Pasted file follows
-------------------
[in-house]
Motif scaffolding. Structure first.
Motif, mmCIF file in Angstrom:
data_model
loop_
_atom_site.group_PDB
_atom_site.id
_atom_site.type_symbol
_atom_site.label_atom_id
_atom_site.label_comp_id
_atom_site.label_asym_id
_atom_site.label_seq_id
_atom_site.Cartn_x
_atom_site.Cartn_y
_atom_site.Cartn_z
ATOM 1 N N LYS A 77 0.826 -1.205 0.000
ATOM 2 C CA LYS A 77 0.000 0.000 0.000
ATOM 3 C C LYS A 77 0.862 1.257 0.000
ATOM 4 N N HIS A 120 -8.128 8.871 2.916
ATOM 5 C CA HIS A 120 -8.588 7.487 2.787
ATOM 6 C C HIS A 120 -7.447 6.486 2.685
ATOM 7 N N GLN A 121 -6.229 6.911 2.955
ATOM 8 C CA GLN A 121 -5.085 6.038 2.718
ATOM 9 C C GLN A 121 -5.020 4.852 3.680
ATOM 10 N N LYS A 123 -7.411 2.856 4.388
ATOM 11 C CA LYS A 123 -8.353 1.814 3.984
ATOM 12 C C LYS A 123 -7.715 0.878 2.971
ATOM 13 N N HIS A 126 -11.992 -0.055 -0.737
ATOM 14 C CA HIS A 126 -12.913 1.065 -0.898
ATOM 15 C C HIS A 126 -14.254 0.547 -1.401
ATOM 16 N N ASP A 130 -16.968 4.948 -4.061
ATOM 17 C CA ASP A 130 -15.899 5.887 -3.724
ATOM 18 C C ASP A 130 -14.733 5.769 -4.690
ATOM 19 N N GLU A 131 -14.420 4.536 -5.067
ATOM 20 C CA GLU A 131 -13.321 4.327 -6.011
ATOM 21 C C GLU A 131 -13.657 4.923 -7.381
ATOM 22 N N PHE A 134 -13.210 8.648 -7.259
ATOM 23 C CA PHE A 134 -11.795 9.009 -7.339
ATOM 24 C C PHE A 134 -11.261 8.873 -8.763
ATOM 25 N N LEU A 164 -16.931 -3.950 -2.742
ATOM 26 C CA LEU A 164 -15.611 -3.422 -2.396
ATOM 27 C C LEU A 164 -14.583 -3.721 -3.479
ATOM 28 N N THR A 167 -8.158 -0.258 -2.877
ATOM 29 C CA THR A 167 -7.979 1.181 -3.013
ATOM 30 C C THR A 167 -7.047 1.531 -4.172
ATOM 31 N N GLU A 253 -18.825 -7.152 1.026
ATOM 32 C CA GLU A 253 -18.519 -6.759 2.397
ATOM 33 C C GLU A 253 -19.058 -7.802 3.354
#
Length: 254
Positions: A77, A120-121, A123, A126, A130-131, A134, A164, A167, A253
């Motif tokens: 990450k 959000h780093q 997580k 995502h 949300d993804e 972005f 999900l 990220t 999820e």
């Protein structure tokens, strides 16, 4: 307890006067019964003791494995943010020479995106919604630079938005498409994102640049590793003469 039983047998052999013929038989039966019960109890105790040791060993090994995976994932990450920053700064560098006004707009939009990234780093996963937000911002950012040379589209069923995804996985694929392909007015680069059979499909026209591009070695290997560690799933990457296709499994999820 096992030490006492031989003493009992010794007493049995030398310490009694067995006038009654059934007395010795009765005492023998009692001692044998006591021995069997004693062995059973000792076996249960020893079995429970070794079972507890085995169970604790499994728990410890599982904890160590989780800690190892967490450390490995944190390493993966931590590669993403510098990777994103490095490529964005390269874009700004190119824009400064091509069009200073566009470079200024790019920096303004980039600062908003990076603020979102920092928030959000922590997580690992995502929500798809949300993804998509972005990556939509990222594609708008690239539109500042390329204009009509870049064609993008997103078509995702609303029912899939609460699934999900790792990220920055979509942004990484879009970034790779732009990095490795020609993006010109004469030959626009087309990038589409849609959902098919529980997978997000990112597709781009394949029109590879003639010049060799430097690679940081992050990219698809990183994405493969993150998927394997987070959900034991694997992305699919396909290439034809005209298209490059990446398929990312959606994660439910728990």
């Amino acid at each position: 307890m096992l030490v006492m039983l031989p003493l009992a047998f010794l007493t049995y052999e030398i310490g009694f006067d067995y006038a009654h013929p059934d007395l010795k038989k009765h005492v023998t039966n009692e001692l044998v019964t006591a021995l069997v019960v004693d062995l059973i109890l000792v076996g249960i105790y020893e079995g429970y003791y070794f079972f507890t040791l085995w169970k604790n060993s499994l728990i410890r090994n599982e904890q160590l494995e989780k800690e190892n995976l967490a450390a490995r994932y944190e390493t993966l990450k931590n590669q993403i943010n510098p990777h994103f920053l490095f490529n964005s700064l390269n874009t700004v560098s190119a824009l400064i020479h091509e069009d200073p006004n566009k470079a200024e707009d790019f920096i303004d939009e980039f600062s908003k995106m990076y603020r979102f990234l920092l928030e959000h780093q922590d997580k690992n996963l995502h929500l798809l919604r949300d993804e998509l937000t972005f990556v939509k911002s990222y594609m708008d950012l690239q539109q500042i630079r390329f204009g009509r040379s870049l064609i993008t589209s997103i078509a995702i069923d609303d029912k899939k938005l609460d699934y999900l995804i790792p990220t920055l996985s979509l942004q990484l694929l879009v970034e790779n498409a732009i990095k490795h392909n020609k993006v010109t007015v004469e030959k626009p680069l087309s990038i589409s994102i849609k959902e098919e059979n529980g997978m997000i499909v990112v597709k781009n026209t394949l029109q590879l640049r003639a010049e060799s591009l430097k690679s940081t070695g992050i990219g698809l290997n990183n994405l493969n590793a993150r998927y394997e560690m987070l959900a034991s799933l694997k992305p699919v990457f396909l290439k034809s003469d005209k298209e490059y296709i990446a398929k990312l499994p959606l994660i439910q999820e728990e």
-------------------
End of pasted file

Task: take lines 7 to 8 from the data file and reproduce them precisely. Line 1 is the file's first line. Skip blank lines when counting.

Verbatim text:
_atom_site.id
_atom_site.type_symbol